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Why Kids Make Social Comparisons

Social Comparisons Increase During the Tween Years

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Updated May 18, 2011

Written or reviewed by a board-certified physician. See About.com's Medical Review Board.

Question: It seems like my tween constantly compares herself to others. She didn't do this when she was younger. Why the change?

Answer: You're right - your child almost certainly is making more social comparisons these days than she used to. During early and middle childhood, most kids are content with their efforts, regardless of how anyone around them is doing. Their handwriting or art skills may be a "mess" relatively speaking, yet they're darn proud of how far they've come. During or just before the tween years, however, children begin to look at their peers before judging their own performance. In other words, they begin to believe that what they can do is "good" only if it's as good as or better than what their peers can do. These social comparisons can be either upward or downward.

Kids increasingly tend to make social comparisons for two major reasons.

First, cognitive development plays a role. Making social comparisons is a relatively complex cognitive task: you must think about your own performance and another's performance simultaneously. Doing so requires memory, logical reasoning and the ability to make relative judgments. In addition, advanced cognitive skills give rise to adolescent egocentrism. This can make kids highly critical of themselves and cause them to think that others are judgmental of them, as well.

Secondly, social reasons make these social comparisons more likely to occur. For many kids, school provides the first arena in which children's efforts are measured and ranked. A child can suddenly see that he is not, in fact, the best at reading or spelling. This especially becomes the case as children move into the middle school years, when performance tends to be emphasized over effort.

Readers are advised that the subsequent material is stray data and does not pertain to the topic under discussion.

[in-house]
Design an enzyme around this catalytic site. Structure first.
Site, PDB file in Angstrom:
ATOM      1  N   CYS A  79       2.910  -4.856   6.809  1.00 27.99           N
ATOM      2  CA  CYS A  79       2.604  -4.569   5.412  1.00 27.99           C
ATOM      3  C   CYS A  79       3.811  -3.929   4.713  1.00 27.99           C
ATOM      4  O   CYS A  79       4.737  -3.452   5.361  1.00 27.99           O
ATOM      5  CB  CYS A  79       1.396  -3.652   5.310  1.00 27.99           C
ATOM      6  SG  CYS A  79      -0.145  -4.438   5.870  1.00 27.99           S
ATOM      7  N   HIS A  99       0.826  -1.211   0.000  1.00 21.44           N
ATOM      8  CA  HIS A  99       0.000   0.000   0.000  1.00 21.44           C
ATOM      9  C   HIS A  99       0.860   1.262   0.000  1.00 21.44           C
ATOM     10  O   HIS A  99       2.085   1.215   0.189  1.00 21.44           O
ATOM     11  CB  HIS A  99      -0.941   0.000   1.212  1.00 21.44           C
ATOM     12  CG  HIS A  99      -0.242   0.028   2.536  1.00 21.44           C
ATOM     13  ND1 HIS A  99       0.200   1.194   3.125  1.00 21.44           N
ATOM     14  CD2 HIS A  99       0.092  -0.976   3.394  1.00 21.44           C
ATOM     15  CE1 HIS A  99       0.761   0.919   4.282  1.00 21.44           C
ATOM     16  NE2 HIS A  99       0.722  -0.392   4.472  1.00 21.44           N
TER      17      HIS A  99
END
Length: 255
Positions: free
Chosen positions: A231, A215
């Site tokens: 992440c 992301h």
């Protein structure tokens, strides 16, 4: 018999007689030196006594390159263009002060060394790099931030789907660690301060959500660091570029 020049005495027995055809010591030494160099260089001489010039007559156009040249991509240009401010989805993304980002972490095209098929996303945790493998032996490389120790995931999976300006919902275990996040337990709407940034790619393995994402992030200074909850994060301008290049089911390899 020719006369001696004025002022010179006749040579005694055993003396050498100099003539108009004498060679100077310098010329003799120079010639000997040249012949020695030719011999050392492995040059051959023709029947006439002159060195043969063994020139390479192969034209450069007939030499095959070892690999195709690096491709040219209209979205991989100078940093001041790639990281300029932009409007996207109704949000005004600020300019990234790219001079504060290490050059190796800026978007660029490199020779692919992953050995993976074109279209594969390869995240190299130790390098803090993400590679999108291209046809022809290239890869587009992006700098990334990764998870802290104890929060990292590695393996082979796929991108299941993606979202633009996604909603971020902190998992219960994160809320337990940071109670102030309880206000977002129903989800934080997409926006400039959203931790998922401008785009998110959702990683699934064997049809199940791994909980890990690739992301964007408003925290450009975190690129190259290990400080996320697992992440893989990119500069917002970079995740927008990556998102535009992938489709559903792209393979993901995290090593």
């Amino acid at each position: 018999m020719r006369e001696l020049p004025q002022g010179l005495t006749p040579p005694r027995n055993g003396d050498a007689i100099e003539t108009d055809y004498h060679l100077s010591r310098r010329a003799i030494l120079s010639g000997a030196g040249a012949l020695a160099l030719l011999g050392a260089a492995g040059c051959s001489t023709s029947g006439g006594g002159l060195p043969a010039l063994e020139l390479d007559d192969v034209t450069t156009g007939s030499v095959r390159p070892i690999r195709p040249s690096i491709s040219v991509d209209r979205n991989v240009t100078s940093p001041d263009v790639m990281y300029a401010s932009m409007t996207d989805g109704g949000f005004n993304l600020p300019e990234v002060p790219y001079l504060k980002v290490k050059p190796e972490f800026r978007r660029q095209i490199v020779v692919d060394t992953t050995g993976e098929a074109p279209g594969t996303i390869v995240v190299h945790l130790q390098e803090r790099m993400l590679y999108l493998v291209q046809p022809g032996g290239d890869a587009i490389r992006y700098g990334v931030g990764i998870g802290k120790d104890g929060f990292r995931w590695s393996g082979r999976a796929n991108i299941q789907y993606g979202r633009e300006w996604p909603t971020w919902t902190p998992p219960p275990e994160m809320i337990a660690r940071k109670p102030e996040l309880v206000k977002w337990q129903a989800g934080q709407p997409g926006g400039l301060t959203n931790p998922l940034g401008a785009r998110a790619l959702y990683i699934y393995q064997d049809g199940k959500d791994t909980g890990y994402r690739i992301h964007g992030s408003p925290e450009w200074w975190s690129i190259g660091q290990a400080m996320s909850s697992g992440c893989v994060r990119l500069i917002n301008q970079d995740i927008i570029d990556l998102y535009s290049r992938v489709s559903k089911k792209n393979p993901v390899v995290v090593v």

Therefore, tweens make social comparisons due to being in an increasingly-competitive school setting and their own improving cognitive abilities. While these social comparisons can potentially lead to low self esteem, with parent encouragement and guidance, the comparisons can be helpful instead of harmful.

Sources:

Manning, Maureen A. Self-Concept and Self-Esteem in Adolescents. Student Services. February 2007. Accessed on May 9, 2011 at www.nasponline.org/families/selfconcept.pdf

McAdams, Dan, & Olson, Bradley. Personality Development: Continuity and Change Over the Life Course. Annual Review of Psychology. 2010. 61: 517-542.

Myers, David G. Social Psychology, 10th edition. New York: McGraw-Hill.

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